The process of aggregating colloidal particles and tiny suspended solids in water through some method (such as adding chemicals). Coagulation includes two processes: coagulation and flocculation. Coagulation mainly refers to the process in which colloids destabilize and form tiny aggregates, and flocculation mainly refers to the process in which destabilized colloids or tiny suspended solids coalesce into large flocs.
Agents that can achieve corresponding coagulation and flocculation are collectively called coagulants. .
Common coagulants include polyaluminum chloride (PAC), ferrous sulfate, ferric chloride, polyacrylamide (PAM), etc.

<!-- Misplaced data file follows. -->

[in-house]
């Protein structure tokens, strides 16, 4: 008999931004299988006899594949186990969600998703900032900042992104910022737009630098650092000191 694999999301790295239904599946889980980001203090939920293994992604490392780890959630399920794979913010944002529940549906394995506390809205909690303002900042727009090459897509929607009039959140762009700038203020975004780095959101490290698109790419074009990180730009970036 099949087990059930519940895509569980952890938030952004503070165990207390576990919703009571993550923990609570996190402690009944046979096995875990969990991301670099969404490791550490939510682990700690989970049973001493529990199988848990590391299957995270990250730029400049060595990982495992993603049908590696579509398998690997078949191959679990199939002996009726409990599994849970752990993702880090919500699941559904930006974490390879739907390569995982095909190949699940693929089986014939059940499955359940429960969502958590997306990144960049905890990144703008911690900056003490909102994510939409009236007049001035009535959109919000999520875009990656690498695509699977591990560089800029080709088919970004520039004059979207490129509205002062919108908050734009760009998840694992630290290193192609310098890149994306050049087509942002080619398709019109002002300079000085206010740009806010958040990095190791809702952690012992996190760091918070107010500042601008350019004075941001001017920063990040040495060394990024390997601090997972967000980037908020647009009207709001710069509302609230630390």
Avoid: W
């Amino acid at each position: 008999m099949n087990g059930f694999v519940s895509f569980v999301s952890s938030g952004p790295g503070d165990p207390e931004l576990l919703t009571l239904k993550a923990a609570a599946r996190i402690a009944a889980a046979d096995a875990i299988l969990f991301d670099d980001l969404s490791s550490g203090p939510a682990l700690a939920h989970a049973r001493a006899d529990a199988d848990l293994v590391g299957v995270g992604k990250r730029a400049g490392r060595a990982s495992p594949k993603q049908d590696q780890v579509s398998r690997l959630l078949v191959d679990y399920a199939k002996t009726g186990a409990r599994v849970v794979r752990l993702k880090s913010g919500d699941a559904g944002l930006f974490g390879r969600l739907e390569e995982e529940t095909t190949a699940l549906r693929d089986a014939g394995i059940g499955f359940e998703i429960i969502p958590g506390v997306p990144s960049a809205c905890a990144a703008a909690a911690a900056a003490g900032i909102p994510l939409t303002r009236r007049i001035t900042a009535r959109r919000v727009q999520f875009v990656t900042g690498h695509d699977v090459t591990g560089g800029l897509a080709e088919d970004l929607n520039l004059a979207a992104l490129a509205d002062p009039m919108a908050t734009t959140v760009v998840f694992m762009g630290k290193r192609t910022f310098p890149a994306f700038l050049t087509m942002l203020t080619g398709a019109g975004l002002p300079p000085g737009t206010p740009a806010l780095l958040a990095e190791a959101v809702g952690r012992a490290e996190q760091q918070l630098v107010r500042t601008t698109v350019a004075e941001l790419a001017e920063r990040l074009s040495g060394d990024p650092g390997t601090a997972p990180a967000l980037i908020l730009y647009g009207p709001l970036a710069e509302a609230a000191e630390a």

The results of coagulation are affected by various conditions such as the composition of sewage pollutants, pH level, water temperature and water flow. Different coagulants are selected according to different situations. Generally, when the pH value is alkaline or weakly alkaline, the coagulation and precipitation effect is better.
pH (acid-base) neutralization: also known as pH adjustment, refers to adding a certain pH regulator to the sewage solution in order to achieve the expected pH value. Common pH adjusters include quicklime (calcium hydroxide), caustic soda (sodium hydroxide), various strong acids and citric acid, etc.